13. 13. Operation and Maintenance Overview The Army is, and must remain, the force of decisive action for our Nation. The Operation and Maintenance budget request provides trained and ready forces to win the current fight; develops a versatile mix of capabilities, formations, and equipment for the future; preserves the high quality All Volunteer Army; provides quality of life at Army’s installations; and strengthens Soldier and Family programs. The Army’s Combined Arms Training Strategy is the return to Brigade Combat Team decisive action operations. The training focus shifts from security assistance to rebuilding war fighting core competencies, with greater emphasis on the ability to rapidly deploy, fight, sustain, and win against complex state and non-state threats in austere environments. This budget request funds 19 Brigade Combat Team maneuver training exercises at the Combat Training Centers (CTC) and 7 Division/3 Corps mission command exercises. Operating Tempo and training requirements vary depending on a unit’s stage in the ARFORGEN process. (Continued on page 14) OPERATION AND MAINTENANCE TOA ($M) Budget Request ($M) Active Army Army National Guard Army Reserve Sub-total Environmental Restoration Totals FY15 Base FY14 Base Request Enacted Request 35,073 7,054 3,095 45,222 *33,789 6,858 2,941 43,588 33,240 6,031 2,491 41,762 299 45,521 299 43,887 202 41,963 * FY14 enacted includes $3,145 million congressional realignment from Title II (base) to Title IX (OCO) in P.L. 113-76 Consolidated Appropriations Act, 2014. 13
  14. 14. Operation and Maintenance The operation and maintenance budget request enhances the Army's relevant and ready Land Force capability by funding recruiting and initial military training for officer and enlisted personnel. The Army’s institutional training base directly supports readiness by graduating professionally developed leaders and trained Soldiers. Army’s Base Operations Support strategy continues to prioritize funding for Life, Health, and Safety programs and services to Soldiers and Families. The Army remains committed to its Family Programs and assessing these service portfolios in order to maintain relevance and effectiveness. Base Operations Support funds municipal services, facilities operations, logistics, security, human resources, community services, and environmental programs to provide a desirable quality of life and work environment for Soldiers, Families, and Army Civilians. The Army is focused on improving physical, emotional, and psychological resilience in Soldiers, Families, and Army Civilians. Through the Ready and Resilient Campaign, personal and unit readiness is enhanced by integrating and synchronizing multiple Army-wide programs to reinforce holistic fitness, mitigate stress, and build resilience. These prevention-focused programs include the Health Promotion, Risk Reduction, and Suicide Prevention program; Comprehensive Soldier and Family Fitness program, and the Sexual Harassment/Assault Response and Prevention program. The Army continues to support programs for Wounded Warriors and their Families. Survivor Outreach Services continues to be a high priority in support of Family members of fallen Soldiers. 14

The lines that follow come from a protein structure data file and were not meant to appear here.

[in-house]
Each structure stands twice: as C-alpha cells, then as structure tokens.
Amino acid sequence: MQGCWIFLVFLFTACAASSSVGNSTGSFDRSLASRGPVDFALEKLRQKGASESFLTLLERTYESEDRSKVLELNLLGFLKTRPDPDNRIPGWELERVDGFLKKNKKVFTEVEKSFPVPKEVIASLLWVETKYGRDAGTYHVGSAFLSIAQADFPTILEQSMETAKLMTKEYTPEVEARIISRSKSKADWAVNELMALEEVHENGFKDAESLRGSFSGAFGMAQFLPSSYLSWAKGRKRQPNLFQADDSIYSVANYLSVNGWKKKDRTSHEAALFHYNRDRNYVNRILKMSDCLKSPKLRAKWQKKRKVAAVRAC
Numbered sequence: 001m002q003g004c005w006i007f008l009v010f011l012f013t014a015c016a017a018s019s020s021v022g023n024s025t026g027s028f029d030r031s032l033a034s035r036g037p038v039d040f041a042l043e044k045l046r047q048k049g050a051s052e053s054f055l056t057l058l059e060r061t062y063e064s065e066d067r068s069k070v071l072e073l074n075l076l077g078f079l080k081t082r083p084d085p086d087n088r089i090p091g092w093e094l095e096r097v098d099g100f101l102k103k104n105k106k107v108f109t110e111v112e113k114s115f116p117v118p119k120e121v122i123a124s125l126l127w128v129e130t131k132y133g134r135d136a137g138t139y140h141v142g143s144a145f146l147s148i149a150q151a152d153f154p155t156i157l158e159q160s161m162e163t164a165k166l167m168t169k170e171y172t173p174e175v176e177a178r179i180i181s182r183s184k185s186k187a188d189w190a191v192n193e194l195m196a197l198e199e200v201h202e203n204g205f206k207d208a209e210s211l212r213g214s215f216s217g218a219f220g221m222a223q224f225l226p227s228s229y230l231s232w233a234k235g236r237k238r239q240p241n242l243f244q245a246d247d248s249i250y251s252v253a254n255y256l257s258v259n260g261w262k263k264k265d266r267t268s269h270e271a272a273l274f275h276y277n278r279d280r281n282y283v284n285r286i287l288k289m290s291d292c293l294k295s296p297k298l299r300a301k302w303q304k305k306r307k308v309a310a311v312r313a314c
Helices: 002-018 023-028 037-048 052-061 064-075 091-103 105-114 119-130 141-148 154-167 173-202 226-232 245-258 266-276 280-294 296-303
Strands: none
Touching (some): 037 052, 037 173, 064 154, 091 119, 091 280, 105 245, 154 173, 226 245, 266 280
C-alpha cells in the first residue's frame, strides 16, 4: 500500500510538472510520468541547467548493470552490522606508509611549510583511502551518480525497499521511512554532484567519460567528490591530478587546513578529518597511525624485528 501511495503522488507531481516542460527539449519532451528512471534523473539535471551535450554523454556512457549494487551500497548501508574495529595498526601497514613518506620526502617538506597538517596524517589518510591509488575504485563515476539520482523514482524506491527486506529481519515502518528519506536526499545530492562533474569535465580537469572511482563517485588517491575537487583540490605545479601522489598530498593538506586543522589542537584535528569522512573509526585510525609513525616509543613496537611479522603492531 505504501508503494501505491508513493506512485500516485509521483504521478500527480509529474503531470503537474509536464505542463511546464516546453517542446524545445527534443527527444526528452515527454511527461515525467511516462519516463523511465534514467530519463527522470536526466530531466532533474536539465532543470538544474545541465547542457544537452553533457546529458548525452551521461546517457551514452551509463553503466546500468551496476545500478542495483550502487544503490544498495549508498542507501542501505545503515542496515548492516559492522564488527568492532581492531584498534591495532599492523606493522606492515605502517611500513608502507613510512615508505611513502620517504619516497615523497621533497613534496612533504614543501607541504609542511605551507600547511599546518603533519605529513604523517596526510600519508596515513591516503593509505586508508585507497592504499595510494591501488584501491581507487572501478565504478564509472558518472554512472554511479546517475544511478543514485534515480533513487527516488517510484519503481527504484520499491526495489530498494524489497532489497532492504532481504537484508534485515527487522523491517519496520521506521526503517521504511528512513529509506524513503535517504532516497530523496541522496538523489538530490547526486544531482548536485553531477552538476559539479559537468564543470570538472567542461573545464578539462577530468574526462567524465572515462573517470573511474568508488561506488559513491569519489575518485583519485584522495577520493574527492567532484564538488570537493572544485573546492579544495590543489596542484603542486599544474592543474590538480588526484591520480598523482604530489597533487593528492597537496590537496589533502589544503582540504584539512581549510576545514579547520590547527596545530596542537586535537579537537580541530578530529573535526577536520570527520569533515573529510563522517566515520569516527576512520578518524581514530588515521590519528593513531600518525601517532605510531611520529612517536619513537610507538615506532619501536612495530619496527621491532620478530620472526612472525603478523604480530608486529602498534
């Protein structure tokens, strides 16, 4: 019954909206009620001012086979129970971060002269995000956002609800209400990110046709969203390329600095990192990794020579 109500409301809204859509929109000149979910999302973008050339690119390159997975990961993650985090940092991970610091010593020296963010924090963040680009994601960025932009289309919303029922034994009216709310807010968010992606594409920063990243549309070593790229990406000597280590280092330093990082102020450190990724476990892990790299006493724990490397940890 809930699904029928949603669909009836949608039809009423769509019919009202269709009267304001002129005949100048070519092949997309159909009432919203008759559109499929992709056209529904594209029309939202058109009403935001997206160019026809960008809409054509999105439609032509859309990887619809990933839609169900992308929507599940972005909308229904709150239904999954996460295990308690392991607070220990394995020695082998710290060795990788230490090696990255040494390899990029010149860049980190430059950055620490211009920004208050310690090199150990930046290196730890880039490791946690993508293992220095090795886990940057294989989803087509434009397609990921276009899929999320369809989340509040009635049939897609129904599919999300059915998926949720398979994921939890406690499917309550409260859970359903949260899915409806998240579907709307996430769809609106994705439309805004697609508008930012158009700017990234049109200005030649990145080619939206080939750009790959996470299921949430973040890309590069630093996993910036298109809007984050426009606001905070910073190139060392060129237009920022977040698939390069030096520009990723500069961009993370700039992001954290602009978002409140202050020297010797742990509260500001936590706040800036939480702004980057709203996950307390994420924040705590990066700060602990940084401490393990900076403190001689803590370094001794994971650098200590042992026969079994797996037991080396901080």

15. 15. Operation and Maintenance Active Army Training & Recruiting 13% Mobilization 2% Land Forces 14% Readiness 15% Admin Activities 25% Support 32% The Operation and Maintenance, Army, budget request provides funding to organize, train, and equip the All Volunteer Army to enable the Joint Force with decisive and sustainable landpower in support of Geographic Combatant Commanders’ demands. OMA funding supports readiness, strategic mobilization, recruitment, and sustainment of the force through adaptive unit, individual, and leader training and support of Soldier well-being. The Army's Ready and Resilient Campaign integrates initiatives across many existing, but separate programs aimed at improving Soldier, Family, Civilian, and unit readiness. This budget request sustains Army readiness in an uncertain security environment as the Army transitions to become smaller and leaner, pursues better business practices and efficiencies, and ensures experiences and lessons learned are institutionalized to inform the future. OPERATION AND MAINTENANCE, ARMY TOA ($M) Budget Request ($M) Operating Forces Land Forces Land Forces Readiness Land Forces Readiness Support Mobilization Training and Recruiting Accession Training Basic Skill and Advanced Training Recruiting/Other Training and Education Admin and Servicewide Activities Security Programs Logistics Operations Servicewide Support Support of Other Nations Totals FY15 Base FY14 Base Request Enacted Request 21,102 20,420 20,019 4,500 5,495 11,106 4,360 5,177 10,883 4,495 5,005 10,519 559 4,830 548 4,612 511 4,387 667 2,890 1,273 653 2,742 1,217 677 2,522 1,188 8,582 8,209 8,324 1,024 2,569 4,535 454 981 2,403 4,351 474 1,030 2,288 4,515 490  35,073 *33,789 33,240 * FY14 enacted includes $3,145 million congressional realignment from Title II (base) to Title IX (OCO) in P.L. Consolidated Appropriations Act, 2014. 15